Mystery, Horror | 114 mins | Released: 1955
Director: Henri-Georges Clouzot
Starring: Simone Signoret, Vera Clouzot, Paul Meurisse, Charles Vanel, Jean Brochard, Therese Dorny, Michel Serrault
Our Rating: 8
Black & White
In Diabolique, a second-rate boarding school is run by the tyrannical and mean Michel Delassalle (Meurisse). The school, though, is owned by Delassalle’s teacher wife, the frail Christina (Clouzot), and Delassalle flaunts his relationship with Nicole Horner (Signoret), a teacher at the school. Rather than antagonism, the two women are shown to have a somewhat close relationship, primarily based on their apparent mutual hatred of Michel, who is physically and emotionally abusive to both.
Unable to stand his mistreatment any longer, Nicole devises a plan. Though hesitant at first, Christina ultimately consents to help Nicole. Using a threatened divorce to lure Michel to Nicole’s apartment building in a remote village several hundred kilometers away, Christina sedates him. The two women then drown him in a bathtub and dump his body in the school’s neglected swimming pool. When his corpse floats to the surface, they think it will appear to have been an accident. Almost everything goes according to their plans until the body fails to surface, and Michel’s corpse is nowhere to be found when the pool is drained.
Nicole sees in the paper that the police found the corpse. Christina goes to the morgue and learns it is not Michel’s body. There she meets Alfred Fichet (Vanel), a retired private detective. He gets involved in the case, much to Nicole’s chagrin.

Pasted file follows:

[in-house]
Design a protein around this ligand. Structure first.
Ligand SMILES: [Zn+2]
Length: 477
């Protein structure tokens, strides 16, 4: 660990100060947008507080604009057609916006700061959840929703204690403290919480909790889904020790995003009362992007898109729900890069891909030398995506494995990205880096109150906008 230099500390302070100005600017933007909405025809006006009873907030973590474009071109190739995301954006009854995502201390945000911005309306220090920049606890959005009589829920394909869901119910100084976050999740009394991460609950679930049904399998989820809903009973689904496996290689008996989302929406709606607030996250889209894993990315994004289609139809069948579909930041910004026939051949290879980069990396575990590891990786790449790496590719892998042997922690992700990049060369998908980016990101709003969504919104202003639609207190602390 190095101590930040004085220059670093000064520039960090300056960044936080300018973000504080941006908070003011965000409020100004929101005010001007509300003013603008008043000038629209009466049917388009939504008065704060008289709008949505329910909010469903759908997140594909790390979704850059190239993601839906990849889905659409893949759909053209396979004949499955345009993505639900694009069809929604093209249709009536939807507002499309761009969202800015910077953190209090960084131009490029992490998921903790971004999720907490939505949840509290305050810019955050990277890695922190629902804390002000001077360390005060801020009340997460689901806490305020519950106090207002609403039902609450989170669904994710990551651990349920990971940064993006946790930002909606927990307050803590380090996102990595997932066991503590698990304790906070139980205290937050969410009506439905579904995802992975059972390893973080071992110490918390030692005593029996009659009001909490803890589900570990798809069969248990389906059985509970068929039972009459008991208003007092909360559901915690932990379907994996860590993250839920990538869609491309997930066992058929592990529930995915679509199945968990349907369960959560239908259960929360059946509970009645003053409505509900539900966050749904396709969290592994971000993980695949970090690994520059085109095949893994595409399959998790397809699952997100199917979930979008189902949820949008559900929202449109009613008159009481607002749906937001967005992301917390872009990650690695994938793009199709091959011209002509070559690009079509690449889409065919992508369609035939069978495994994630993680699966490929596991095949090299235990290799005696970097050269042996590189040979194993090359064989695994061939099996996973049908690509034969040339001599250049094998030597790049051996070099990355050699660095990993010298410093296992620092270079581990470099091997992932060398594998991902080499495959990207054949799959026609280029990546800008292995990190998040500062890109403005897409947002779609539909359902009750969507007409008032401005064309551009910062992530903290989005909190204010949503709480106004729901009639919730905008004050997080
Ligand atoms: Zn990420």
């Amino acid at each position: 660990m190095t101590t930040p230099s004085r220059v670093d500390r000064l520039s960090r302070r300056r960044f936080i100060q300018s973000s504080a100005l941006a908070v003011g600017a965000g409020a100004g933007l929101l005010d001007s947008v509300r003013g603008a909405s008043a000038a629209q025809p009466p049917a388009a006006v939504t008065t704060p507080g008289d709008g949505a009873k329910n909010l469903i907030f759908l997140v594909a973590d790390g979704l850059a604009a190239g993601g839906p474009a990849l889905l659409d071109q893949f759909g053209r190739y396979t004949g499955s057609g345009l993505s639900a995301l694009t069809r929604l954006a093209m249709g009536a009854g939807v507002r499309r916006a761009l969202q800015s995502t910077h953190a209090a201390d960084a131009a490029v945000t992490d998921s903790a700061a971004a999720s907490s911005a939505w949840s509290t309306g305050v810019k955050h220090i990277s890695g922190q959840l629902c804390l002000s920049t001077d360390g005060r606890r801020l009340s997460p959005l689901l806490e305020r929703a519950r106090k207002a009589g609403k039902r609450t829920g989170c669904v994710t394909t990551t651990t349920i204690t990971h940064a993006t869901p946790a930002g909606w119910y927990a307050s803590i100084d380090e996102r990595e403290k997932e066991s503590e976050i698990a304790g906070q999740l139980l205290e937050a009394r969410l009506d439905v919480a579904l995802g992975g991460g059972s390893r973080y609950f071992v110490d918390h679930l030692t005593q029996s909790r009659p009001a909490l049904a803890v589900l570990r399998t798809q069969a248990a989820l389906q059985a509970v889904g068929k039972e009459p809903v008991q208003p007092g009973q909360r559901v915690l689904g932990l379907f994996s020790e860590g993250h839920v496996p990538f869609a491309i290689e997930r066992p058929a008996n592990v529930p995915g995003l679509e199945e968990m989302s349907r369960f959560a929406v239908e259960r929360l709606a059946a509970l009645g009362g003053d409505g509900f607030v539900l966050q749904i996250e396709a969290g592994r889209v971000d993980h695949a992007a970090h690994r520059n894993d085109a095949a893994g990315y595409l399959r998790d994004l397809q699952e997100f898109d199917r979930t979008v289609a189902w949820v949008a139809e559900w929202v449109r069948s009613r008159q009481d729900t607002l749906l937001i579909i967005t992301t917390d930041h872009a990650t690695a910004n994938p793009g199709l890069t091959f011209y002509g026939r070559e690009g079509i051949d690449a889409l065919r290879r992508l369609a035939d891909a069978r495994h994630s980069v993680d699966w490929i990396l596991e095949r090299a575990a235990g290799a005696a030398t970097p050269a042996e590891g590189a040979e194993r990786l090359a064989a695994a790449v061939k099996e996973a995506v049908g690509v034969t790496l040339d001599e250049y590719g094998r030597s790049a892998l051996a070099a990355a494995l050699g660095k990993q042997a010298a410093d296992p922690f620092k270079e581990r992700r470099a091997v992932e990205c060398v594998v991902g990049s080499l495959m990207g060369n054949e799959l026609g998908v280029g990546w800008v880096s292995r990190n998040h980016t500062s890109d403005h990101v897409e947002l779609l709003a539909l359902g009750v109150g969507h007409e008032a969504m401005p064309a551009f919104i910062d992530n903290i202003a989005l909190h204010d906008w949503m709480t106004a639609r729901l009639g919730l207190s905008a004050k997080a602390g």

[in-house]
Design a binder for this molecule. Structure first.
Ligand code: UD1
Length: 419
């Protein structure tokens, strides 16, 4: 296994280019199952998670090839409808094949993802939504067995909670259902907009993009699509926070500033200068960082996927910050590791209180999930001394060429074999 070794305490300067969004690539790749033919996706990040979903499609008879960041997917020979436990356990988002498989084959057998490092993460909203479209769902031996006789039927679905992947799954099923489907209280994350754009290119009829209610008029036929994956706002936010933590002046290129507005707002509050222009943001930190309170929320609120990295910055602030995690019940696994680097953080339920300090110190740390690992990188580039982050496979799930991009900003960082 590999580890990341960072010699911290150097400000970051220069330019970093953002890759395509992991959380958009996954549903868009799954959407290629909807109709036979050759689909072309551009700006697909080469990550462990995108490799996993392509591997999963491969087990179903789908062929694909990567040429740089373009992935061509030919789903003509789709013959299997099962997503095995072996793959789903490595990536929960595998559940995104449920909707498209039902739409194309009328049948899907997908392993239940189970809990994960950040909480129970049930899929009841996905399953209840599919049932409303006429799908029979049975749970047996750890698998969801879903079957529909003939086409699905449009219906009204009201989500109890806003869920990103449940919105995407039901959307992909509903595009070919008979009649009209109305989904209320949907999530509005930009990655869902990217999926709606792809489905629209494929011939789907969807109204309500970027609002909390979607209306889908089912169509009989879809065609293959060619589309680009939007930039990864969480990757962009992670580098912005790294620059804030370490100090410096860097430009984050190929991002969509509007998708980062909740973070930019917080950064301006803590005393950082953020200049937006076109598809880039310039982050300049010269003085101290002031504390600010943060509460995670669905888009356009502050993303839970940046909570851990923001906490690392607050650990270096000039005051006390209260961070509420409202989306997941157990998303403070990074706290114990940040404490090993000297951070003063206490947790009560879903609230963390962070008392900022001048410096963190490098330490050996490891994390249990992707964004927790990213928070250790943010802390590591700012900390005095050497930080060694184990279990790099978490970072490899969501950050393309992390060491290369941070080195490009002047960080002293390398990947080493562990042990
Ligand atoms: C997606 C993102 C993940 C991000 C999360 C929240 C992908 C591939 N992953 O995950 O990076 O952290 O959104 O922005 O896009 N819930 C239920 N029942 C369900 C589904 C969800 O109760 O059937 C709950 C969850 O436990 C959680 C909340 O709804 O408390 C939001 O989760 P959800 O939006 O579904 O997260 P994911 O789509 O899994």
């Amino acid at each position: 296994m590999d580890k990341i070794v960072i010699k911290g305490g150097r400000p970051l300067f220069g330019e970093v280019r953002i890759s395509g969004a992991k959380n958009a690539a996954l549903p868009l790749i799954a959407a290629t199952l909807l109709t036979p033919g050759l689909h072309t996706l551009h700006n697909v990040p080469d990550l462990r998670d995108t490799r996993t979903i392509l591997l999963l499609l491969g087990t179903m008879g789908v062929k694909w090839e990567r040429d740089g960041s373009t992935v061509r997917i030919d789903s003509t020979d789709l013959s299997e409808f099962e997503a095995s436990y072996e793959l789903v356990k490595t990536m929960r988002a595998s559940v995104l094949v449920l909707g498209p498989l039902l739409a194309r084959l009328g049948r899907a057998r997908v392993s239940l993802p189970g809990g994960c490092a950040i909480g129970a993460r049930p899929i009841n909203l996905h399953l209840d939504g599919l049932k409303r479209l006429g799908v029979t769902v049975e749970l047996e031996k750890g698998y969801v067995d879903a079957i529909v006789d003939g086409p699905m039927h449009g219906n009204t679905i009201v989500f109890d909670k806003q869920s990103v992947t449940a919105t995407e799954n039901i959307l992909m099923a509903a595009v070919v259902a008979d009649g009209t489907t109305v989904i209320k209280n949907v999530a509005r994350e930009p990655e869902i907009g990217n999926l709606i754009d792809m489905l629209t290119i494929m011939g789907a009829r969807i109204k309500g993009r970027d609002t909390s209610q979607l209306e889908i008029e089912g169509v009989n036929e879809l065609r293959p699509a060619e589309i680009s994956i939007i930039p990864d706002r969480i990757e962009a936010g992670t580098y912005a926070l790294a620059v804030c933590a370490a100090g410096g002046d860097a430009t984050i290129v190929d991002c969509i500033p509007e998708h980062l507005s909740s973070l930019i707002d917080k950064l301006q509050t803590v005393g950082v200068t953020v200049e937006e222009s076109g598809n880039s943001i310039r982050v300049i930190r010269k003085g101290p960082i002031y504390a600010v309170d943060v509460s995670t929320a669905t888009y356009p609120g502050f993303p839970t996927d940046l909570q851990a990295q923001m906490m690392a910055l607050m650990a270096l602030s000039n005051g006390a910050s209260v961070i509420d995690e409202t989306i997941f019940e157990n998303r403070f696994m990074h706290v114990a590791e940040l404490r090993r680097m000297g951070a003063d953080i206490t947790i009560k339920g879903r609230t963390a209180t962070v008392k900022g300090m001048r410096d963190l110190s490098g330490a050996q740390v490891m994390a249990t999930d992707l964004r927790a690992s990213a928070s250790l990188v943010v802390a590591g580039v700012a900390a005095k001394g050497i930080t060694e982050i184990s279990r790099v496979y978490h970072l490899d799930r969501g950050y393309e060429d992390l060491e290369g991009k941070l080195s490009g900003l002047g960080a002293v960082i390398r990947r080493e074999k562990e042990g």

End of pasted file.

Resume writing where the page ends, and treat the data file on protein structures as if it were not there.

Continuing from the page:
When Christina and Alfred come back, a boy is punished for breaking a window; the boy says Michel punished him. After hearing this, Christina becomes very sick. She is unable to be photographed for the school photo; however, it seems that Michel is in it, in the back next to a window. Nicole becomes worried and leaves the school.
Christina, overcome by fear, tells Alfred everything. He does not believe her, but he investigates the pool. Christina hears some noises and wanders the school. She concludes that someone is in the school and she runs back to her room. She finds Michel’s corpse in the bathtub. Michel rises from the tub, and Christina has a heart attack and dies.
Michel and Nicole have set up Christina from the beginning. Michel is not dead, but acting dead to scare Christina to death. But as soon as Nicole and Michel escape Alfred is there to arrest them.
Some time later, the same boy who had earlier broken a window breaks another. When asked how he got his slingshot back, the boy says that Christina gave it back to him. A final title screen in Diabolique tells the audience not to reveal the ending to others.
Les Diaboliques, released as Diabolique in the United States and variously translated as The Devils or The Fiends, is a 1955 French black-and-white psychological thriller feature film directed by Henri-Georges Clouzot, starring Simone Signoret, Véra Clouzot, Paul Meurisse and Charles Vanel. Diabolique is based on the novel Celle qui n’était plus (She Who Was No More) by Pierre Boileau. The story blends elements of thriller and horror, with the plot focusing on a woman and her husband’s mistress who conspire to murder the man; after the crime is committed, however, his body disappears, and a number of strange occurrences ensue. Diabolique was the 10th highest grossing film of the year with a total of 3,674,380 admissions in France.
Clouzot, right after finishing Wages of Fear, snatched the screenplay rights for Diabolique from Alfred Hitchcock. This movie helped inspire Hitchcock’s Psycho. Robert Bloch himself, the author of the novel Psycho, has stated in an interview that his all-time favorite horror film is Diabolique.
Now considered iconic in the horror genre and film in general, Les Diaboliques ranked #49 on Bravo’s 100 Scariest Movie Moments.
Nicole Horner: [angrily] “Some things are hard to swallow, and I’m not talking about the fish.”
Alfred Fichet, le commissaire: “To commit suicide in the Seine, one doesn’t need to undress.”